It was supposed to help companies create 5,000 new workplace daycare spaces every year, but a federal tax credit announced eight years ago has fizzled.
The tax credit, part of the Conservative party's platform in 2006, has had so little uptake, the Harper government would not say how many spaces were created or the total cost.
"We are obliged to protect the confidentiality of our tax filers' information, and there are not enough businesses claiming the credit for us to be able to release the information and still maintain that confidentiality," said a spokesperson for the Canada Revenue Agency by email.
The Conservatives promised to spend $250 million over five years on the credit. But, annual federal finance documents from 2007 on say actual spending on the tax credit was too small to bother reporting.
When it was announced in the 2007 budget, the credit was overshadowed by the creation of the universal child-care credit, the monthly cheque mailed to parents that has become the hallmark of Prime Minister Stephen Harper's child-care plan.
The little-known corporate tax credit gives businesses a non-refundable credit equal to 25 per cent of the capital cost of building each new daycare space, up to a maximum of $10,000 per space.
"It was a flop," said Pat Wege, executive director of the Manitoba Child Care Association.
Wege and several other local child-care experts could not point to a single daycare space in Winnipeg created by the tax credit. In fact, Winnipeg has fewer than 10 workplace daycares -- at the University of Winnipeg, at several hospitals and at Manitoba Public Insurance. Only two are attached to private businesses.
The Kid Gloves daycare at Western Glove Works -- owned by Bob Silver, who is also a co-owner of the Winnipeg Free Press -- has 48 spaces. It began as a daycare to serve staff at Western Glove, though few staff there still have children in the centre.
And, there's the Canadian Wheat Board daycare, called Bumper Crop, started by employees more than 20 years ago when the wheat board was still a government agency. Following a divisive national debate, the Harper government dissolved the board's monopoly on grain marketing three years ago, and the remnant of the CWB is now in the process of privatizing. The company's downtown office tower was recently sold, putting the daycare in jeopardy. For years, the 40-space daycare has enjoyed free rent in the Main Street highrise and was treated essentially as a regular wheat board department. With the building sold to Calgary-based Hopewell Development, the centre's rent-free status is in limbo.
Wege and other daycare experts say commercial rents, especially downtown, make on-site daycares a financial impossibility without direct, annual subsidy by an employer. Many employers might be willing to put up the capital costs needed to retrofit a daycare, but ongoing operating costs are a tougher sell, despite the impact on employee productivity.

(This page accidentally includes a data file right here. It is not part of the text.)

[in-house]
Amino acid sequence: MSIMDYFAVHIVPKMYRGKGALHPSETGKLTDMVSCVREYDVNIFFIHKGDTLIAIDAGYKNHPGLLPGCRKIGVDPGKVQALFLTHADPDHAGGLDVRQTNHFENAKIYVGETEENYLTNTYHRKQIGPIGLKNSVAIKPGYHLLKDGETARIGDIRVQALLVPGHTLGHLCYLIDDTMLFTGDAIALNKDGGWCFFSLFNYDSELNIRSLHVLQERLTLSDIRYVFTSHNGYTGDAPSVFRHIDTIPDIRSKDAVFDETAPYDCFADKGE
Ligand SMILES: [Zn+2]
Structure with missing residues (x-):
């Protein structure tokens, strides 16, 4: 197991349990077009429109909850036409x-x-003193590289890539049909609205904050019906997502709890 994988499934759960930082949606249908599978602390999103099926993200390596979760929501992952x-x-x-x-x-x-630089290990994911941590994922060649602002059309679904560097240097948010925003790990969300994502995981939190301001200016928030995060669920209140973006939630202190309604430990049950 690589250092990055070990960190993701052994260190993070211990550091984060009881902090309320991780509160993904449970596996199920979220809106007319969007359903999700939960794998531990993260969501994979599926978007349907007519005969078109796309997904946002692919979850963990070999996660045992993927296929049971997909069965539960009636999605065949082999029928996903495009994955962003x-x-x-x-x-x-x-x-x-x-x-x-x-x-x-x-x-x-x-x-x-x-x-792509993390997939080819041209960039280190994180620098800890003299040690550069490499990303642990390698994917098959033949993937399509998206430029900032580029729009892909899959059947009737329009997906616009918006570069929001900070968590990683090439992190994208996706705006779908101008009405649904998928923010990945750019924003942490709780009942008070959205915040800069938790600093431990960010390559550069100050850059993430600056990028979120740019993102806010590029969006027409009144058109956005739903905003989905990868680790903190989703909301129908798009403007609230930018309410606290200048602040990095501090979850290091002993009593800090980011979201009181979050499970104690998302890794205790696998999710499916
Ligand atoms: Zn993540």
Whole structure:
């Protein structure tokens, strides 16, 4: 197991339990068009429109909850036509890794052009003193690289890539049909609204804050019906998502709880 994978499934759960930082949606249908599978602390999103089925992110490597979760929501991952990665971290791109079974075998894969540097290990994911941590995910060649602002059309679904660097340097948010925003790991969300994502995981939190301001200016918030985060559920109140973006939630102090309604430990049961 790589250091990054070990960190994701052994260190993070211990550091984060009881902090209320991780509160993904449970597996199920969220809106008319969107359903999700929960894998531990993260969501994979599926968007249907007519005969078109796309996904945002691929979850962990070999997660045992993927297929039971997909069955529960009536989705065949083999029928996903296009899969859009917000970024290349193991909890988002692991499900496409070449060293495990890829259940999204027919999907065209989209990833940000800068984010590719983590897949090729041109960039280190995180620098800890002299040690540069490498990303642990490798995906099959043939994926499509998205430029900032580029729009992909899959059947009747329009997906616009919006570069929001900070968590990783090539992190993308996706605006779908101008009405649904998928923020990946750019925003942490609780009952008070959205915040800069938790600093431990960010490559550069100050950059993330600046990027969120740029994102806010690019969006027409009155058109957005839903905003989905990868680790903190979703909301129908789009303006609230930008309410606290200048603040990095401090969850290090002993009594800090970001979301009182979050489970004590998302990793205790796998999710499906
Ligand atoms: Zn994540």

And, said Wege, a workplace daycare usually requires a determined partnership between bosses and employees, all willing to cope with the huge red tape around setting up a child-care centre. That includes doing a needs assessment, working out the finances, fee caps and grants with the provincial government, navigating very complex building codes and zoning rules and creating a non-profit board. That's a slog for volunteers, said Wege.
Diana Wiesenthal, the wheat board's former vice-president of people and organizational services, said starting Bumper Crop took five years, discussions with five different city departments and complex negotiations over funding, building requirements and the transformation of a city lot behind the building into a small tot lot for the kids. The push for a staff daycare was met with some internal resistance, but had the support of a senior executive, which was critical.
Bumper Crop turned out to be a key recruitment and retention tool, and made workers, especially women, more productive, said Wiesenthal. It allayed the anxiety of new parents returning to work, who could pop down at lunch to spend time with their child. It saved staff time otherwise spent on the road between doctors appointments and far-flung daycares. The presence of children, often seen in the elevator or heading to the tot lot, broke the ice with international customers who arrived for high-level meetings and sparked a lot of laughs.
When the centre opened, Wiesenthal's son was three years old. She was able to commute to work with him and take him out for ice cream on her lunch break.
"It was the best time of my life," said Wiesenthal. "It was a culture-changer for the organization."
Several city hospitals, including the Concordia and the Grace, have small on-site daycares. Racquel Giesbrecht, director of the Health Sciences Centre's 46-space daycare, called Children at the Centre, said pharmacists, nurses, doctors, administrators and medical students all vie for a spot in the centre, which has a years-long waiting list.
Giesbrecht said the on-site daycare has served as a key recruitment tool, where parents are encouraged to visit during their downtime.
"HSC has been amazing," said Giesbrecht. "They treat us like gold."